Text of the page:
History of Trademark

In Ancient time, the use of markings to create who owns or made a certain product was already seen. Bison have painted on the walls of Lascaux Cave in southern France contain marks that indicate his ownership, said by scholars. The paintings were made around 5,000 years B. C. (Johnson, 2007). A stone was also seen in the Middle East dating 3,500 B. C. Seals were used in the stone to indicate who made that certain item. The ancient Egyptians, Greeks, Romans, and Chinese were also using different forms of stamps or marking to indicate who made that certain thing, like pottery and bricks.

The marking did not only indicate the problem with the product (Johnson, 2007). During the Middle Ages, the European trade guild began using marks to specify who have made a specific product. The first who adopt the practice was the Bell makers; it is followed by other manufacturers like paper makers. They have added watermarks, for the people to know who have made that particular sheet (Johnson, 2007). In the year 1266, the Bakers Marking Law, which rules the use of stamps on loaves of the bread, was passed in England. It is considered as the earliest laws on trademarks. In 1363, the Silversmiths were required to mark their products.

With the influence of the Chinese porcelain, the bottle makers and porcelain manufacturers quality but it also let the people to know whom to blame if there will be a also used marks to indicate who made their products (Johnson, 2007). In 1618, the first court case which involves the improper use of a trademark has happened in England. The manufacturer of a high-quality cloth prosecuted a competitor who made lower-quality cloth, but it use the marking reserved for the top-quality cloth. The case Southern v. How is considered as the first case of actual trademark violation.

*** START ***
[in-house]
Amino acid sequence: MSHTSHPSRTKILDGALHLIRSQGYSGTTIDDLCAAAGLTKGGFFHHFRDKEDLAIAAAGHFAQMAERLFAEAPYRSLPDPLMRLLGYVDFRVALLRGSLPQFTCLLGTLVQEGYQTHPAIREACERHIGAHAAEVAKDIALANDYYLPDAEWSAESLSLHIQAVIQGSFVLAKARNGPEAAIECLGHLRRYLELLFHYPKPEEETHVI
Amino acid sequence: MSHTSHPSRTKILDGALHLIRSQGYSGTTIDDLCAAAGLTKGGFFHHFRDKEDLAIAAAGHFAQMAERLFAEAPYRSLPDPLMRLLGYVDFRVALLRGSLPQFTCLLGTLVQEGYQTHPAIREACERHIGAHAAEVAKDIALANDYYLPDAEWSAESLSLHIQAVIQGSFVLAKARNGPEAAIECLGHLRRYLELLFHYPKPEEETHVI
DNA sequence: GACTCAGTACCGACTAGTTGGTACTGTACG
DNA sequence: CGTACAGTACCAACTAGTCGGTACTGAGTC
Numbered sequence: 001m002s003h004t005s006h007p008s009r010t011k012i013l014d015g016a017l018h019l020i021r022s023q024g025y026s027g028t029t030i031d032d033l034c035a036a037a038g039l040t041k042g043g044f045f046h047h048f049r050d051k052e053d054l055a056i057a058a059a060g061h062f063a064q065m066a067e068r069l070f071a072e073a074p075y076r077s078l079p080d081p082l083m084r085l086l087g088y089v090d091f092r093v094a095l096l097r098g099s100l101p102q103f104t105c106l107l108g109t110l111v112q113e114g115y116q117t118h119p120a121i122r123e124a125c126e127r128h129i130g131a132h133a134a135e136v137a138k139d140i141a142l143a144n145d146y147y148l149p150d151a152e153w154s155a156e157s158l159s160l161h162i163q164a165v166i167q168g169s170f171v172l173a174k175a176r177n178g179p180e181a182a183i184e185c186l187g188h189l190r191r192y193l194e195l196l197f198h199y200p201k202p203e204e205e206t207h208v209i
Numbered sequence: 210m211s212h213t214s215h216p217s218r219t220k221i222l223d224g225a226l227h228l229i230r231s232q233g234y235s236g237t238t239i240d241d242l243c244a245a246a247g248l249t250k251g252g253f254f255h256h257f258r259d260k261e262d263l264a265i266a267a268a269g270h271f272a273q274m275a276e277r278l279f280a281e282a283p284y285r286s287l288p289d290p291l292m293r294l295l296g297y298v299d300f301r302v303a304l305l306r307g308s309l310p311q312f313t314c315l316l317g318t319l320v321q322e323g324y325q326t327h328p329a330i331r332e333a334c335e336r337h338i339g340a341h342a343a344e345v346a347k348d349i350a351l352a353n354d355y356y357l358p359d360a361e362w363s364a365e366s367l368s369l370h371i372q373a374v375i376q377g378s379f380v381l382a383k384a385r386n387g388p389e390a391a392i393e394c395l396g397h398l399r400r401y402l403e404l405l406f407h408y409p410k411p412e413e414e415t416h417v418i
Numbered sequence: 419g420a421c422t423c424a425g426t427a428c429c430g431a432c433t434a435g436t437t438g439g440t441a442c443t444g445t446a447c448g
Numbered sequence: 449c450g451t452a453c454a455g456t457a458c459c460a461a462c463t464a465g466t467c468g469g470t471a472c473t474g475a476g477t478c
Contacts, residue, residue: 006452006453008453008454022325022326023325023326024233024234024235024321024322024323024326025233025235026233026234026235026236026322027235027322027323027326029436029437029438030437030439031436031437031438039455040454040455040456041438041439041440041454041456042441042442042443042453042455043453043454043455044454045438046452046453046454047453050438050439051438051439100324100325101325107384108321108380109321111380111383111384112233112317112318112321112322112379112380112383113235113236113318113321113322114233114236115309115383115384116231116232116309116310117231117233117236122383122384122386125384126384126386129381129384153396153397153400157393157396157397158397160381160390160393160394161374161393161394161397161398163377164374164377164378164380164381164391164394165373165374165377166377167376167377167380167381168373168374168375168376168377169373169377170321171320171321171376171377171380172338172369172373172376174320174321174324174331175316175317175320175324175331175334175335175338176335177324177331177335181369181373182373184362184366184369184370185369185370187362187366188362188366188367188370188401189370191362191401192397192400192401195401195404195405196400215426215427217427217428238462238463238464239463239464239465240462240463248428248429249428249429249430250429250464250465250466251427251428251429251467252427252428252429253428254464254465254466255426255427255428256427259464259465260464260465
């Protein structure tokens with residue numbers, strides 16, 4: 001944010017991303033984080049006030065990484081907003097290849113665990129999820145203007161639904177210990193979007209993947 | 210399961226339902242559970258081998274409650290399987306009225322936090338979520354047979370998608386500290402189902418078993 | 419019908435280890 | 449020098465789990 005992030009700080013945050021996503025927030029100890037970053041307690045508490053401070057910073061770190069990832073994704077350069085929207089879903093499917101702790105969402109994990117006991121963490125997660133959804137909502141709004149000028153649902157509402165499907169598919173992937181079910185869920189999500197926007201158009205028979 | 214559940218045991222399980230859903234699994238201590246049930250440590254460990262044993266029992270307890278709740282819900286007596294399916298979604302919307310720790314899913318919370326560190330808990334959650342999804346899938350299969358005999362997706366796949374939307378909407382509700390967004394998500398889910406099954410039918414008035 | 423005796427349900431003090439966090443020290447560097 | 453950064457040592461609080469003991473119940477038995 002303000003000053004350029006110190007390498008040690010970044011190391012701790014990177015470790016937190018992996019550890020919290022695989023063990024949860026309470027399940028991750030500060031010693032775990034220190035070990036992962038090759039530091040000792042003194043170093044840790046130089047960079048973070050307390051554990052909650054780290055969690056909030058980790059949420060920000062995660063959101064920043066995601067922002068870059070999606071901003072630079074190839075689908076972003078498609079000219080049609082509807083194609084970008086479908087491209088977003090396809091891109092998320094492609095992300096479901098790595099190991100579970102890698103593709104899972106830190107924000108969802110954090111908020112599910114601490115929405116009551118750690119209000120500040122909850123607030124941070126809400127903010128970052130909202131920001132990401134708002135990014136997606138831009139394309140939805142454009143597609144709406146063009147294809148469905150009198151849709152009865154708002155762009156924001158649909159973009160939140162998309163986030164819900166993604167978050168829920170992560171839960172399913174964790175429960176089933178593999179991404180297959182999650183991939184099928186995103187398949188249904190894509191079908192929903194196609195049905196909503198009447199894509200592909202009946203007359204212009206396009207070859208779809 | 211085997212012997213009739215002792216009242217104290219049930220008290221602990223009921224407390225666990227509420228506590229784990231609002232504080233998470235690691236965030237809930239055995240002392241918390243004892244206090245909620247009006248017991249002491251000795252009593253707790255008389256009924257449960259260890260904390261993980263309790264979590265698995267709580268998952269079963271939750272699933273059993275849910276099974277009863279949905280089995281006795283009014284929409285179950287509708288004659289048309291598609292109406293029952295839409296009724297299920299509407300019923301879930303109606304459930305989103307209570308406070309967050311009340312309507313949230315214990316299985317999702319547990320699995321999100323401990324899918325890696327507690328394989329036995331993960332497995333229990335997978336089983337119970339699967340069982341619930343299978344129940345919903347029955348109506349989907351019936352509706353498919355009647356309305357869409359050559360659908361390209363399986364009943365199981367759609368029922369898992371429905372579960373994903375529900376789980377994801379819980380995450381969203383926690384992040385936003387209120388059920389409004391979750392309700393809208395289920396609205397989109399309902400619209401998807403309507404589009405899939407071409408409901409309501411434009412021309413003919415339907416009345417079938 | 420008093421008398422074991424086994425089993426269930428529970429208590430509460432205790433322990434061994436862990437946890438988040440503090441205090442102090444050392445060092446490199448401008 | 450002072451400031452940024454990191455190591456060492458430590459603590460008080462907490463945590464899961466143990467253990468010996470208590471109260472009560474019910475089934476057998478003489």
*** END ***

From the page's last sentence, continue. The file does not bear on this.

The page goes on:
In 1751, the Parisian furniture makers were also required to sign their work with marks. (Johnson, 2007). In the United States, Thomas Jefferson recommended the adoption laws prevailing trademarks because of a disagreement over the sail cloth marks in 1791. Whereas, the federal legislation was not cooperative, some of the states passed their own laws. For example, in 1842, Michigan required marks to indicate the origin of timber. The Federal trademark legislation was passed in 1870. the Averill Paints have received a trademark under the law in the same year, making it the first modern trademark issued in the United States (Johnson, 2007).

Since then, a huge body of law has urbanized around trademarks and patents. The number of trademarked items has increased rapidly. The use of registered brand names, have became an important part of business. Non-brand names also known as “generic” products are less expensive. But brand names remain popular because they assure the best quality that generic products often cannot match. The U. S. Patent and Trademark Office is a branch of the Department of Commerce. It is responsible in keeping track of the patent law. Nowadays, more than 2. 3 million separate patents are in existence (Johnson, 2007).